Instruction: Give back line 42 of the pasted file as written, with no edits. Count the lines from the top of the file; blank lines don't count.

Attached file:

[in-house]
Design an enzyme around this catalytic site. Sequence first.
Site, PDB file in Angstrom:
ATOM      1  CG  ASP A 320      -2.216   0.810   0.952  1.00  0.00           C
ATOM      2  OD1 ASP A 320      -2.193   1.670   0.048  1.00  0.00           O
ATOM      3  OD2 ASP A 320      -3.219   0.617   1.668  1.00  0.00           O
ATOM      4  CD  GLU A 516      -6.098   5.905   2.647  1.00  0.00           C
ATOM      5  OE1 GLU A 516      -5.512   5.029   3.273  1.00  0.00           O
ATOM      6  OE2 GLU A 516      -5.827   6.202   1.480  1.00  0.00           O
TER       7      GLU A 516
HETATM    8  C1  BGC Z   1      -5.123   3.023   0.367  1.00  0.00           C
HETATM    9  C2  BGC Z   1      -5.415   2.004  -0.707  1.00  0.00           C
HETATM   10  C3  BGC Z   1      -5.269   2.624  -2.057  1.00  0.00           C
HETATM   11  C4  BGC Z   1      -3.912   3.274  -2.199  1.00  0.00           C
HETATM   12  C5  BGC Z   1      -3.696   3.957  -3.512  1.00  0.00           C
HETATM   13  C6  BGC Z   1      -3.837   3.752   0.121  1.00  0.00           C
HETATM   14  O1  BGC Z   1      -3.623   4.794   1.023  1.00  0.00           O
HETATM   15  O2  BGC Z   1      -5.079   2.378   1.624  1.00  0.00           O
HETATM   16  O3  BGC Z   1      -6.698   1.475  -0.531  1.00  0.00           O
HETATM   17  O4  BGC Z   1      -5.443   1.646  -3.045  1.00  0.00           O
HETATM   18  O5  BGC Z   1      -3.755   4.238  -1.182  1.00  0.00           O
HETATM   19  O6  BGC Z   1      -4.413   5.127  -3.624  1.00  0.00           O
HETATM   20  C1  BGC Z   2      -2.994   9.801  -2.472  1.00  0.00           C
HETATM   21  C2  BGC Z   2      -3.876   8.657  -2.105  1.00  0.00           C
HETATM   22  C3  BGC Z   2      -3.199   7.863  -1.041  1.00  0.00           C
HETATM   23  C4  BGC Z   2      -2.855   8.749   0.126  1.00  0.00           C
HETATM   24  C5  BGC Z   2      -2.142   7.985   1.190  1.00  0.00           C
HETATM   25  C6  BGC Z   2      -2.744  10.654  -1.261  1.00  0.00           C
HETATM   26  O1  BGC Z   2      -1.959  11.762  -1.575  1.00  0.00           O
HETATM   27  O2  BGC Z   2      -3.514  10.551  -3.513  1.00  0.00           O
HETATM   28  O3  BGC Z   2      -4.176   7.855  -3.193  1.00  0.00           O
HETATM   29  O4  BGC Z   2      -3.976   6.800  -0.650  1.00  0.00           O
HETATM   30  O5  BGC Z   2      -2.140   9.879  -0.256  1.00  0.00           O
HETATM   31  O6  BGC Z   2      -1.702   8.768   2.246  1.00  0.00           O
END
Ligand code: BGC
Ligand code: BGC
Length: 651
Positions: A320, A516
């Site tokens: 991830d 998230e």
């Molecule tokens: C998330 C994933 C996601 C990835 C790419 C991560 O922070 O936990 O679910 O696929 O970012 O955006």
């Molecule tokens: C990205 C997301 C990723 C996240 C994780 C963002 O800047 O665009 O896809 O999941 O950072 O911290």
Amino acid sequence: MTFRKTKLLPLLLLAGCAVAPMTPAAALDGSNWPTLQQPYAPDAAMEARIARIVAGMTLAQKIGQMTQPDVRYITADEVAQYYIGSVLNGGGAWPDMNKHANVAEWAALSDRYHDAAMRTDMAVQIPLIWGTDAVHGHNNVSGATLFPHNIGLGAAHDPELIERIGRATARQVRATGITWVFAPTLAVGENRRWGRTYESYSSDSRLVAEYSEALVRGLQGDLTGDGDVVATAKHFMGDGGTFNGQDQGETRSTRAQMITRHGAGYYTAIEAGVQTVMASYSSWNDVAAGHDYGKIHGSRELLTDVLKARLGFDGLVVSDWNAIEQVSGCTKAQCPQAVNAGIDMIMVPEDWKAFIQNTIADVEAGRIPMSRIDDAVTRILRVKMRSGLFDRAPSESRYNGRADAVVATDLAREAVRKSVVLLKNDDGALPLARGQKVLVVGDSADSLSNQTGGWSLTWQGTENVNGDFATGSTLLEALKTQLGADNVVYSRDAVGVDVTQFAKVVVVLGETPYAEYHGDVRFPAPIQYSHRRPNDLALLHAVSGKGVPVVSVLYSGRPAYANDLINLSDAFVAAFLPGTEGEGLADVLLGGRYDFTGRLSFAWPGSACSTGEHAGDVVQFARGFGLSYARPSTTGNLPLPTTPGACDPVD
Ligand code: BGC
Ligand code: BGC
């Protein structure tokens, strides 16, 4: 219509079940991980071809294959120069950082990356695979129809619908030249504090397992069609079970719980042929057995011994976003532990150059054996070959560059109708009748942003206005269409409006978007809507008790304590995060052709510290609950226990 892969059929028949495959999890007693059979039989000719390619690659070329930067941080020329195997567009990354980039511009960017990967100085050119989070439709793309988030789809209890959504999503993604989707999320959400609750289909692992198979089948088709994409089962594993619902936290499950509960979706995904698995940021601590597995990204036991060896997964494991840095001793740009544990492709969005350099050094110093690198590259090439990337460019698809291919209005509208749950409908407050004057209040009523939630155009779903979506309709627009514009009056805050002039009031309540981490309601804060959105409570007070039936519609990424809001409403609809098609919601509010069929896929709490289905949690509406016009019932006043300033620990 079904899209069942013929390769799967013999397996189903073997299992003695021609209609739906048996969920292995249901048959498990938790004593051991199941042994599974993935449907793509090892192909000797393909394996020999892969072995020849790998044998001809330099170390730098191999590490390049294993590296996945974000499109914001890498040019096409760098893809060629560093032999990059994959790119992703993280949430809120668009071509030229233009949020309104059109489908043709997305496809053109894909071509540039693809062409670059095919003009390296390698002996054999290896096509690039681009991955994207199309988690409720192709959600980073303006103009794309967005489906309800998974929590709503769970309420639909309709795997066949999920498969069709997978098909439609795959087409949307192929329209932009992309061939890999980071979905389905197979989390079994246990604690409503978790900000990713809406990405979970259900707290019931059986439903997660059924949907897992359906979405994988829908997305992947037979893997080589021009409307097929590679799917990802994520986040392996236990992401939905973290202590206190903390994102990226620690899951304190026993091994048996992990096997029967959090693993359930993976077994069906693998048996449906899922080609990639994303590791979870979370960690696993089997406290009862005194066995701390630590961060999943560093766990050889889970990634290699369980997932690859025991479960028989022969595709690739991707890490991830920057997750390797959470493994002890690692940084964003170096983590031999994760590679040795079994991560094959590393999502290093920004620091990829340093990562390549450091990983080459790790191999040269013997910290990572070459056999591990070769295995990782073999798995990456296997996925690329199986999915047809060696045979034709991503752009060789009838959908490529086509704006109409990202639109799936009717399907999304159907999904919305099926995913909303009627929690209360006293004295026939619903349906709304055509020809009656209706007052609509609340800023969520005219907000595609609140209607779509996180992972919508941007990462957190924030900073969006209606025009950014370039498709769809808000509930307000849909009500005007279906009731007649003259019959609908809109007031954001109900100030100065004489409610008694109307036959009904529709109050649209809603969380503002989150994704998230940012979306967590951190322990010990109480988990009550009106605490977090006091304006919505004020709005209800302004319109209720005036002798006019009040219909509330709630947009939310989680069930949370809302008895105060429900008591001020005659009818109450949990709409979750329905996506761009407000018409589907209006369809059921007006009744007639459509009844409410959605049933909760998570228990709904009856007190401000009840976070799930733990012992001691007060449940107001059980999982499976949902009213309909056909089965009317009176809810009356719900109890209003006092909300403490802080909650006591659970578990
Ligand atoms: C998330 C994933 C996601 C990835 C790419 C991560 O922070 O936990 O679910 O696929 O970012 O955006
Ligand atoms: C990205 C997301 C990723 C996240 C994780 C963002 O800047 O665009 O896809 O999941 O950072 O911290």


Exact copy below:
């Molecule tokens: C990205 C997301 C990723 C996240 C994780 C963002 O800047 O665009 O896809 O999941 O950072 O911290």